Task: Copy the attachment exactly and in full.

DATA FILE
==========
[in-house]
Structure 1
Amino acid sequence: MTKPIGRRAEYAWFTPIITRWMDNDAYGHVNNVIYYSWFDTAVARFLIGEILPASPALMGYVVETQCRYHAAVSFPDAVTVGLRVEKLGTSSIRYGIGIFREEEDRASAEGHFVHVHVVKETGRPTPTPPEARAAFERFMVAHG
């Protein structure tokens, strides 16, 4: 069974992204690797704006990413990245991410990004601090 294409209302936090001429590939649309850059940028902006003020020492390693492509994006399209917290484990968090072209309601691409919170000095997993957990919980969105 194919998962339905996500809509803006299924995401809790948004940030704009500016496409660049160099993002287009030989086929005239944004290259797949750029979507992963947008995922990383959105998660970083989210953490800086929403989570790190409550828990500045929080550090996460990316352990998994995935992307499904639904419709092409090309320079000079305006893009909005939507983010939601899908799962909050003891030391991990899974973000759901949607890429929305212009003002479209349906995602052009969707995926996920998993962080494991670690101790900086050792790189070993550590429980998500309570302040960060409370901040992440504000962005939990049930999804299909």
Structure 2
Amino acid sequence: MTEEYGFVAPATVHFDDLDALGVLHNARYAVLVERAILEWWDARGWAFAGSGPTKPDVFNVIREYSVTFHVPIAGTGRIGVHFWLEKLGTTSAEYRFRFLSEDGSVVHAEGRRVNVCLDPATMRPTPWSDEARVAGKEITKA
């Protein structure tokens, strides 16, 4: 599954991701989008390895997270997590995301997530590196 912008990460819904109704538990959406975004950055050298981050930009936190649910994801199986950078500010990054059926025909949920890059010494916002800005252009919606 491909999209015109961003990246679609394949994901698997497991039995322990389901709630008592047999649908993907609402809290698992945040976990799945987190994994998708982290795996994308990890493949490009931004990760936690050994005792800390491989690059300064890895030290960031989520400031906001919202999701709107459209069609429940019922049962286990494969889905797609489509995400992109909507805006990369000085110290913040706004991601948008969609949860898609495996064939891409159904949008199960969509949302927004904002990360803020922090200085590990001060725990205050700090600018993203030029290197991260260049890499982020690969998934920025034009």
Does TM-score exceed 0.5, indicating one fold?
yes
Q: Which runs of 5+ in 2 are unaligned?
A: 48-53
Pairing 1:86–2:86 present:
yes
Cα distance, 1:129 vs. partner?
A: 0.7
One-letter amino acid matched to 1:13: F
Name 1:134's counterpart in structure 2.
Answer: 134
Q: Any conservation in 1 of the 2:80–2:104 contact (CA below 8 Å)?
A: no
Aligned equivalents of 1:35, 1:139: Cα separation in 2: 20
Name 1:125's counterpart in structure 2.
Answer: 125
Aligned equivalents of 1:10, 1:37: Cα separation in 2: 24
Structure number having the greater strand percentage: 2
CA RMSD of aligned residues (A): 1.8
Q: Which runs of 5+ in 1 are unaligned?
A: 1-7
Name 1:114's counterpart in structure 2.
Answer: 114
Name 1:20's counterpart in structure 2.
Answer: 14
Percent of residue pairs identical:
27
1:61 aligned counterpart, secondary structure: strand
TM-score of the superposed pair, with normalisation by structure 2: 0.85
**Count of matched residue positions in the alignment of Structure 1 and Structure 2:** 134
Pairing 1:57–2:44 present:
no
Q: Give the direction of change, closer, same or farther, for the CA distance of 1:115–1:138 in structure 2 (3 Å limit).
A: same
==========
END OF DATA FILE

[in-house]
Structure 1
Amino acid sequence: MTKPIGRRAEYAWFTPIITRWMDNDAYGHVNNVIYYSWFDTAVARFLIGEILPASPALMGYVVETQCRYHAAVSFPDAVTVGLRVEKLGTSSIRYGIGIFREEEDRASAEGHFVHVHVVKETGRPTPTPPEARAAFERFMVAHG
């Protein structure tokens, strides 16, 4: 069974992204690797704006990413990245991410990004601090 294409209302936090001429590939649309850059940028902006003020020492390693492509994006399209917290484990968090072209309601691409919170000095997993957990919980969105 194919998962339905996500809509803006299924995401809790948004940030704009500016496409660049160099993002287009030989086929005239944004290259797949750029979507992963947008995922990383959105998660970083989210953490800086929403989570790190409550828990500045929080550090996460990316352990998994995935992307499904639904419709092409090309320079000079305006893009909005939507983010939601899908799962909050003891030391991990899974973000759901949607890429929305212009003002479209349906995602052009969707995926996920998993962080494991670690101790900086050792790189070993550590429980998500309570302040960060409370901040992440504000962005939990049930999804299909």
Structure 2
Amino acid sequence: MTEEYGFVAPATVHFDDLDALGVLHNARYAVLVERAILEWWDARGWAFAGSGPTKPDVFNVIREYSVTFHVPIAGTGRIGVHFWLEKLGTTSAEYRFRFLSEDGSVVHAEGRRVNVCLDPATMRPTPWSDEARVAGKEITKA
């Protein structure tokens, strides 16, 4: 599954991701989008390895997270997590995301997530590196 912008990460819904109704538990959406975004950055050298981050930009936190649910994801199986950078500010990054059926025909949920890059010494916002800005252009919606 491909999209015109961003990246679609394949994901698997497991039995322990389901709630008592047999649908993907609402809290698992945040976990799945987190994994998708982290795996994308990890493949490009931004990760936690050994005792800390491989690059300064890895030290960031989520400031906001919202999701709107459209069609429940019922049962286990494969889905797609489509995400992109909507805006990369000085110290913040706004991601948008969609949860898609495996064939891409159904949008199960969509949302927004904002990360803020922090200085590990001060725990205050700090600018993203030029290197991260260049890499982020690969998934920025034009």
Does TM-score exceed 0.5, indicating one fold?
yes
Q: Which runs of 5+ in 2 are unaligned?
A: 48-53
Pairing 1:86–2:86 present:
yes
Cα distance, 1:129 vs. partner?
A: 0.7
One-letter amino acid matched to 1:13: F
Name 1:134's counterpart in structure 2.
Answer: 134
Q: Any conservation in 1 of the 2:80–2:104 contact (CA below 8 Å)?
A: no
Aligned equivalents of 1:35, 1:139: Cα separation in 2: 20
Name 1:125's counterpart in structure 2.
Answer: 125
Aligned equivalents of 1:10, 1:37: Cα separation in 2: 24
Structure number having the greater strand percentage: 2
CA RMSD of aligned residues (A): 1.8
Q: Which runs of 5+ in 1 are unaligned?
A: 1-7
Name 1:114's counterpart in structure 2.
Answer: 114
Name 1:20's counterpart in structure 2.
Answer: 14
Percent of residue pairs identical:
27
1:61 aligned counterpart, secondary structure: strand
TM-score of the superposed pair, with normalisation by structure 2: 0.85
**Count of matched residue positions in the alignment of Structure 1 and Structure 2:** 134
Pairing 1:57–2:44 present:
no
Q: Give the direction of change, closer, same or farther, for the CA distance of 1:115–1:138 in structure 2 (3 Å limit).
A: same